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President Obama's First Two Years in the Middle East

David Schenker

Also available in العربية


December 27, 2010

President Obama assumed office in 2009 with an ambitious Middle East policy agenda. Atop the list of his campaign pledges, then Senator Obama vowed to pursue Israeli-Palestinian peace and re-engage in diplomacy with Tehran and Damascus. Given these grand plans, perhaps not surprisingly the first two years of the Obama Administration Middle East policy have been distinguished more by frustration than accomplishment. This is particularly true in the Levant -- in Syria, Lebanon, Palestine, and Israel -- the focus of much of the Administration's regional efforts.

Israeli-Palestinian peacemaking has been the most obvious of the Administration's regional setbacks. Regardless of how one regards Israeli settlements in the West Bank, it's hard to avoid the conclusion that President Obama's approach has been counterproductive. Indeed, the Administration's mishandling of the portfolio resulted in the first cessation of direct Israeli-Palestinian negotiations in more than fifteen years, a loss of over a year and a half.

Other Administration initiatives in the Levant have likewise fallen short of expectations.

President Obama's most dramatic departure from his predecessor -- the decision to renew diplomatic dialogue with Iran and Syria -- has proven a predictable, though real disappointment. Despite taking the unprecedented goodwill gesture of legitimating the clerical regime by referring to Iran as "The Islamic Republic," discussions with Tehran focusing on the state's illegal nuclear activities failed and devolved to sanctions. While these measures appear to be having an impact, regrettably they came late. The talks never touched on Iranian meddling in Lebanon or the Palestinian Authority.

Meanwhile, the Administration's ongoing efforts at rapprochement with Syria have proved fruitless at best. Notwithstanding Washington's goodwill gesture to allow the sale of embargoed US-made 747 parts to Syria and President Asad's July 2009 invitation to President Obama to visit Syria, the bilateral relationship remains abysmal, in large part due to Damascus' seemingly perennial commitment to humiliate and undermine Washington and its allies. In the face of blandishment, reckless and destabilizing Syrian behavior has only increased.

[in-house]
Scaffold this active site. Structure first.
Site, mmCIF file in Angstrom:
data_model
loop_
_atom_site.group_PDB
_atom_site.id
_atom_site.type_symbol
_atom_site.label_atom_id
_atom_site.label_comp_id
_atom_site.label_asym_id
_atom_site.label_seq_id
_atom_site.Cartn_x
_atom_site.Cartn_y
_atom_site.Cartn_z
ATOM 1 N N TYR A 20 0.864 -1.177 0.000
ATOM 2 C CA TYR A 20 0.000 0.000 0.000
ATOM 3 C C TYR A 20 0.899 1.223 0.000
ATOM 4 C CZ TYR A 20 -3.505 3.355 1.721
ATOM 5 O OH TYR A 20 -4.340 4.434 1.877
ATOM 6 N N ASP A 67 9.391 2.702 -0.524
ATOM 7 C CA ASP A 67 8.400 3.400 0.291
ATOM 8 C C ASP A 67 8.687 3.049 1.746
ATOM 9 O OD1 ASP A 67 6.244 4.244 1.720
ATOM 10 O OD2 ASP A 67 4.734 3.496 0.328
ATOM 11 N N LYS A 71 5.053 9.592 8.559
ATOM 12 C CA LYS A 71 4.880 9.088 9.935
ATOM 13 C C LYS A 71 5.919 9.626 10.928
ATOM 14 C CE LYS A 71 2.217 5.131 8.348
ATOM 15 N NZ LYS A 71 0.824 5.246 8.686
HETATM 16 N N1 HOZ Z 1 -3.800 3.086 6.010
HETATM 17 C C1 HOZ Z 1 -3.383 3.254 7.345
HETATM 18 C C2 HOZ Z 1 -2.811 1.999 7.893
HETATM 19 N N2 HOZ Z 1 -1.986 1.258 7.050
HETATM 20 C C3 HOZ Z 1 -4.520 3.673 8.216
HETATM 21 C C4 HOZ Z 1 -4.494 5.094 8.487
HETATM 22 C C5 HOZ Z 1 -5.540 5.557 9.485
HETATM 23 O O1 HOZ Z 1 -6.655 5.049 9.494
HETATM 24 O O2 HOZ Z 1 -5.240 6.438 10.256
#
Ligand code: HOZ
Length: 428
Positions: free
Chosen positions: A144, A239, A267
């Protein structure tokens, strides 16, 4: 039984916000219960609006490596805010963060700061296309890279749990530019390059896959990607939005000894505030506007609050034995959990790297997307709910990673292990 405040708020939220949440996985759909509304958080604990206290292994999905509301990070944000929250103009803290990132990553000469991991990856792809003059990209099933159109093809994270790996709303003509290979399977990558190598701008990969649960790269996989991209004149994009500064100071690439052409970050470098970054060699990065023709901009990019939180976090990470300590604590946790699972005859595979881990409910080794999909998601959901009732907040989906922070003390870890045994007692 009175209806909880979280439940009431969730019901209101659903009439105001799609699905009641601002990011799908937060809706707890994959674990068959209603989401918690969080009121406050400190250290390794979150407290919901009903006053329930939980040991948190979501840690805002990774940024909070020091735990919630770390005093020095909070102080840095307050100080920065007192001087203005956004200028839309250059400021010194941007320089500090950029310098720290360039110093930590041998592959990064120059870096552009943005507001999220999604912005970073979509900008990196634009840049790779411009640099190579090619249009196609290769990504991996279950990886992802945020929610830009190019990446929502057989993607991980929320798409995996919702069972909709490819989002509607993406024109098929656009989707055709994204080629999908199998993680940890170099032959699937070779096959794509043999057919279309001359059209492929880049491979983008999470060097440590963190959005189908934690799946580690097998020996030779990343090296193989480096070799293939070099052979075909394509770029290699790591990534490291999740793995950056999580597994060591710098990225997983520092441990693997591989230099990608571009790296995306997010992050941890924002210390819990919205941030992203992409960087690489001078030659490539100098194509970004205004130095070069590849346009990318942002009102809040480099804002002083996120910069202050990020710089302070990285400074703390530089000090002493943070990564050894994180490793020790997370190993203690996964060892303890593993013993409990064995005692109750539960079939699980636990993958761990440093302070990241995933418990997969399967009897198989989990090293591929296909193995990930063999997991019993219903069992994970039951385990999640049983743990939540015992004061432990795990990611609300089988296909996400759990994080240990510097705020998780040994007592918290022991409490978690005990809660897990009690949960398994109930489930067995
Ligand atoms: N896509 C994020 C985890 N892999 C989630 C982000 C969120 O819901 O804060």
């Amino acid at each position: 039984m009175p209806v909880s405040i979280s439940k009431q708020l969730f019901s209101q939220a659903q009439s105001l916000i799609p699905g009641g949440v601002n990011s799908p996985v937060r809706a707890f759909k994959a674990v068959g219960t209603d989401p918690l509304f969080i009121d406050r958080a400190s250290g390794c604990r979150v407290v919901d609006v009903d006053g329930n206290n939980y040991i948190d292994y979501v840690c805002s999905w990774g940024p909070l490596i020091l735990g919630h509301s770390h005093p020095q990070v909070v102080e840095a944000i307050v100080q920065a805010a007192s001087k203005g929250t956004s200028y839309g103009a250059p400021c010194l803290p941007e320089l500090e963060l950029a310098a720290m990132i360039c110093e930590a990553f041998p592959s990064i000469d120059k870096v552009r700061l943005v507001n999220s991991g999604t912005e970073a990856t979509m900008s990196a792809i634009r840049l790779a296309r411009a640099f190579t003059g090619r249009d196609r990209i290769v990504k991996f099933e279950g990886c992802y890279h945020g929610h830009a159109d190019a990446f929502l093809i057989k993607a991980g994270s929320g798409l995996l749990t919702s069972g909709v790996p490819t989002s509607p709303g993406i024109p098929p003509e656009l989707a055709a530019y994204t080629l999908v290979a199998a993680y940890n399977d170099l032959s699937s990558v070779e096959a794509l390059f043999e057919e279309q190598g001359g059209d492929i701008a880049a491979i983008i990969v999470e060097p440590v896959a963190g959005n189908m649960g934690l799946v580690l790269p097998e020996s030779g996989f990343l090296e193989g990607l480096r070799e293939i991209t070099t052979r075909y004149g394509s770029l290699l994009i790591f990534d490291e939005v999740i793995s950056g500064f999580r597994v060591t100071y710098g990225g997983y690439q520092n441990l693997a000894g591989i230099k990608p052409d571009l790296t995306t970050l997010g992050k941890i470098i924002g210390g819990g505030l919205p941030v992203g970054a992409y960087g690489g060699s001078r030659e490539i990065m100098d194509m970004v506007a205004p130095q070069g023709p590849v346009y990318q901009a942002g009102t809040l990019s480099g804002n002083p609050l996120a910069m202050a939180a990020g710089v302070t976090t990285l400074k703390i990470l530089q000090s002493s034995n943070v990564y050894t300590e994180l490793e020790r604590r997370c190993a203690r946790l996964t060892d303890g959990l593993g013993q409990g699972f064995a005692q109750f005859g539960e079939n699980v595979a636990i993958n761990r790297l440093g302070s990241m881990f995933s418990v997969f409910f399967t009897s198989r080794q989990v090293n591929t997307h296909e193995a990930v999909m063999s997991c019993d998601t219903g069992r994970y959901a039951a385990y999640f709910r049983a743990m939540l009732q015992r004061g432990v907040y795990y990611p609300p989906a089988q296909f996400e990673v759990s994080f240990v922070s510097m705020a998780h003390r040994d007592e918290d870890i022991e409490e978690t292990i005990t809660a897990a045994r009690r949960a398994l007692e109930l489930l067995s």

For example, a year ago, after Washington tried to re-establish border security cooperation with Damascus on Iraq, car bombs -- courtesy of Syria, according to Prime Minister Al Maliki -- killed over 100 in Baghdad. Then, in March 2009, just weeks after the Administration nominated the first US ambassador to Damascus since the 2005 murder of former Lebanese premier Rafiq Hariri, President Asad hosted Iranian president Mahmoud Ahmedinejad and Hizballah leader Hassan Nasrallah, and publicly mocked Secretary of State Clinton. The dinner in Damascus effectively scuttled the confirmation of a new US ambassador.

More recently, Administration officials expressed concern that Syria had transferred SCUD or Fatah 110 missiles to Hizballah in Lebanon. And it's widely believed that the Asad regime has provided even more advanced weaponry to the Shiite militia. Undeterred, the Obama Administration continues to court Damascus, trying to broker Syrian-Israeli peace negotiations with an eye toward the Holy Grail of splitting Syria off from its thirty-year strategic ally in Iran.